US Treasury Secretary Yellen calls for a “global minimum corporate tax”

US Treasury Secretary Janet Yellen stated that they are working with the G20 countries on the global minimum corporate tax, adding that a global minimum tax can be used to ensure that the global economy develops on the basis of a a more level playing field to tax multinational corporations, promoting innovation, growth and prosperity.

Yellen made assessments on the global recovery after the outbreak of the new type of coronavirus (Covid-19) at the event organized by the Council on Global Relations in Chicago.

In drawing attention to the three main goals that guide America’s economic relations with the world, Yellen emphasized that the first of them is a stable and growing world economy that benefits the U.S. economy.

Yellen said that in trying to maintain a strong global economy, attention must be paid to current and potential risks to financial stability.


Noting that the second goal is to fight poverty and promote a more inclusive global economy, Yellen said that if action is not taken, there may be a deepening global divide between rich and poor countries.

Emphasizing that it is too early for developed economies to declare victory, Yellen said: “I urge our partners to continue strong financial support, avoid withdrawing support too early to encourage a strong recovery and help prevent the emergence of global imbalances “.

Explaining that the epidemic must be stopped by making vaccines and tests as accessible as possible to help poor countries overcome the crisis, Yellen noted that low-income countries are at risk of being left behind and that it is possible that they are not included in the scope of vaccination until 2023 or 2024 at the current rate.

Yellen highlighted the need for more work and financing for low-income countries to secure vaccine purchases, address production shortfalls and finance the domestic market launch.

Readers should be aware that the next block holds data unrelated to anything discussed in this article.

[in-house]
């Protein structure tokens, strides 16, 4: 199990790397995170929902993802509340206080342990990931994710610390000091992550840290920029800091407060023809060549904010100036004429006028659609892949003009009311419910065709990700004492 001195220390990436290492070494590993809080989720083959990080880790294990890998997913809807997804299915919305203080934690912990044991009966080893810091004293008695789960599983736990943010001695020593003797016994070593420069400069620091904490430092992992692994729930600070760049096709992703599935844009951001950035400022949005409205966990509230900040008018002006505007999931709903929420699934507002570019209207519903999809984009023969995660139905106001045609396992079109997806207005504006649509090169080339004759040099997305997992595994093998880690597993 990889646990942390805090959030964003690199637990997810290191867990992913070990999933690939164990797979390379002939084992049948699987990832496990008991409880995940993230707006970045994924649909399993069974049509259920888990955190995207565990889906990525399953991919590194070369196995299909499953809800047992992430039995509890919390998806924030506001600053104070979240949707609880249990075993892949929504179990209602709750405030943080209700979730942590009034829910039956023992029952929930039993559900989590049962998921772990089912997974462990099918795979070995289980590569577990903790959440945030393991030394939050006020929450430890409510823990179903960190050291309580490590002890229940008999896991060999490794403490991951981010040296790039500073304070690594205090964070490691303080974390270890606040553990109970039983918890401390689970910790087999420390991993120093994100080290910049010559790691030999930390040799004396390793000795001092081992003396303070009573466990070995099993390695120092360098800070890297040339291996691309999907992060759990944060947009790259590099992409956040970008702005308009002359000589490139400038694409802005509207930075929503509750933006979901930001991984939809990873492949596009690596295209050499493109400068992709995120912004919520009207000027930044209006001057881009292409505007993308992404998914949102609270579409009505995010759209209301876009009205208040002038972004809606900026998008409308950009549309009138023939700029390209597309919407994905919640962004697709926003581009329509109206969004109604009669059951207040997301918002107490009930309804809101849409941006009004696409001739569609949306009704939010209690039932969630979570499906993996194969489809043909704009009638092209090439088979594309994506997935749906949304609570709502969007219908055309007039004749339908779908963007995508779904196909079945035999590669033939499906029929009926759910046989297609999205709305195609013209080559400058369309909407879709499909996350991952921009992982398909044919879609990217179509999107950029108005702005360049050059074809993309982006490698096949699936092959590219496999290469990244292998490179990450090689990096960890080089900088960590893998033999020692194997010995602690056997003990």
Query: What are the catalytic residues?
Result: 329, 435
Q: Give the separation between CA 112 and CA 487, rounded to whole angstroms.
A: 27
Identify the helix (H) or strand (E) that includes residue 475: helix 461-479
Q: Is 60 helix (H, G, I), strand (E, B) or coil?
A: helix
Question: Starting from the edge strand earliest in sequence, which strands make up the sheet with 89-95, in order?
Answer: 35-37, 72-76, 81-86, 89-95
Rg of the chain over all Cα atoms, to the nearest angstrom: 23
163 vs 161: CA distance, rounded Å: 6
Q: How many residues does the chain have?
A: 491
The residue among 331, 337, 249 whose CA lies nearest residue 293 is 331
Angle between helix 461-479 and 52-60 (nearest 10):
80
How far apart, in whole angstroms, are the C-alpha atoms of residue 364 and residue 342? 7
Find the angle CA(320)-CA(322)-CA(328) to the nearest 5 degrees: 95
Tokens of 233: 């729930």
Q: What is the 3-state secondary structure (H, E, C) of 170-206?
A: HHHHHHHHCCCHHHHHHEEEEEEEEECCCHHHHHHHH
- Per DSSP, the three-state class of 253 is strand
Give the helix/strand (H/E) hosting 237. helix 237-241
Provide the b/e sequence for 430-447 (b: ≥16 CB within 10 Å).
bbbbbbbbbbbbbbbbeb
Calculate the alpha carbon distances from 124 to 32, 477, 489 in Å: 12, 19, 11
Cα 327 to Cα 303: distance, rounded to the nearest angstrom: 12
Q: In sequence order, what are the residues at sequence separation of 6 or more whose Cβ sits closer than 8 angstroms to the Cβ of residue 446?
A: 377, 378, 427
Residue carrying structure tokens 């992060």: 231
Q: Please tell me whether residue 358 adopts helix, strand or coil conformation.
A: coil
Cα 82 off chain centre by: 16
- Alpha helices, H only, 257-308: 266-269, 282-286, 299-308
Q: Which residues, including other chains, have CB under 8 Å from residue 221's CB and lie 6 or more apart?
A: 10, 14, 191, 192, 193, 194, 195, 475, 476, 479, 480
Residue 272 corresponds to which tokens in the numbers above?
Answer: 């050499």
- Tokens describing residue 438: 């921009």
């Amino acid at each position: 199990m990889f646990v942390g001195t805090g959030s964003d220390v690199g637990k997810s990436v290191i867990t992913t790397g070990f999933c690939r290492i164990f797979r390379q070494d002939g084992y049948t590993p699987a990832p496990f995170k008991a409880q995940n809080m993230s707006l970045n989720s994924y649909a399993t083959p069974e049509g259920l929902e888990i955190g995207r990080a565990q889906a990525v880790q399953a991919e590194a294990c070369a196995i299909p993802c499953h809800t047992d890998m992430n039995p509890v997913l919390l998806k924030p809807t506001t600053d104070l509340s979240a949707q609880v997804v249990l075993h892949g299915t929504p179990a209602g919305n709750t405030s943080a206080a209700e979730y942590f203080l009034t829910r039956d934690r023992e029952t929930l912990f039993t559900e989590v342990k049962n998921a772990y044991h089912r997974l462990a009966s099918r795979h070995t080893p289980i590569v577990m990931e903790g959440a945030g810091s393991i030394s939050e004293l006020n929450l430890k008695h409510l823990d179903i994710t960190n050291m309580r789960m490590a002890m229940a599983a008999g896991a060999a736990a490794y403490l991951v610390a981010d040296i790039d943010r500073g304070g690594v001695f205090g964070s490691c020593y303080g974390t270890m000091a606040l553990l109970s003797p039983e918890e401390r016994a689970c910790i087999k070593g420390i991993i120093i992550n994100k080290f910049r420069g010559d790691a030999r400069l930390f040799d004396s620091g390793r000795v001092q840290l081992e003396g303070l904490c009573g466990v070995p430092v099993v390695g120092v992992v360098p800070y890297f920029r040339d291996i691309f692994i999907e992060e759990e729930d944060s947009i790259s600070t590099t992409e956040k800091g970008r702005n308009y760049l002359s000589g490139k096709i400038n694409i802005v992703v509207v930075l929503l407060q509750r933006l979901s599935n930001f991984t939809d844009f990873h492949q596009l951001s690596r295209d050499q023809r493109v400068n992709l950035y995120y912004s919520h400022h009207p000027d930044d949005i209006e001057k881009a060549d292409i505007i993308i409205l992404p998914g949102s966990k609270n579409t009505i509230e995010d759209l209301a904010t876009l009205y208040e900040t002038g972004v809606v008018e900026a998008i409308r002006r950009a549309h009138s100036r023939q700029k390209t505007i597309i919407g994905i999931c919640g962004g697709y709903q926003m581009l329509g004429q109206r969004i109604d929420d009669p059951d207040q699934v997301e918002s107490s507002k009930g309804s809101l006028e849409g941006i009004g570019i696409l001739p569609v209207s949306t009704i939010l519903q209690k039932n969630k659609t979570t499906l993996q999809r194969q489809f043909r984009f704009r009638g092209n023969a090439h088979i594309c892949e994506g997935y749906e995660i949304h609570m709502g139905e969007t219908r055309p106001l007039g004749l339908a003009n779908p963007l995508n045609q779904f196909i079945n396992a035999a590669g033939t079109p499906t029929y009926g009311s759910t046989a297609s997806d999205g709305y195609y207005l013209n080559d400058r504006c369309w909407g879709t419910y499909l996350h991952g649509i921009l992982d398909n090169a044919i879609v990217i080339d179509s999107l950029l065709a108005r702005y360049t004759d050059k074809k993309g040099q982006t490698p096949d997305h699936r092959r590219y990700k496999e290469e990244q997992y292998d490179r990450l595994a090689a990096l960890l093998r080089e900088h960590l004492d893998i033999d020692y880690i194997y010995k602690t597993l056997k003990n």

Emphasizing that the challenges are global, Yellen noted that Covid-19 clearly demonstrated that responses to a pandemic require global cooperation and that they are working with partners to prepare for future crises.

Yellen explained that another global challenge is how to adapt to technological change, but that digitization raises concerns about inequality and cybersecurity.

Noting that it will work closely with nationals and partners to promote innovation in digital finance for cheap, instant and reliable business and financial transactions, Yellen also said that they will also work to modernize legal and regulatory frameworks to take into account risks and inherent threats. in the use of these new technologies.


Yellen noted that another result of the interconnected world is the race to lower corporate tax rates that has been going on for 30 years.

“Competitiveness is more about how American companies deal with other companies in their global M&A proposals. This means that governments have stable tax systems that provide enough revenue to invest in essential public goods and respond to crises, and that all citizens are quite burdened by government funding. “It’s about sharing.”

Stating that they are working with the G20 countries to determine the global minimum corporate tax rate, Yellen said: “We can use a global minimum tax together to ensure that the global economy develops on the basis of a more equal playing field to tax to multinational companies, promoting innovation, growth and prosperity. “

Noting that the biggest long-term threat facing the world is climate change, Yellen added that they are working to ensure that climate risk is integrated into the financial system so that financial institutions, regulators and investors can make informed decisions. .

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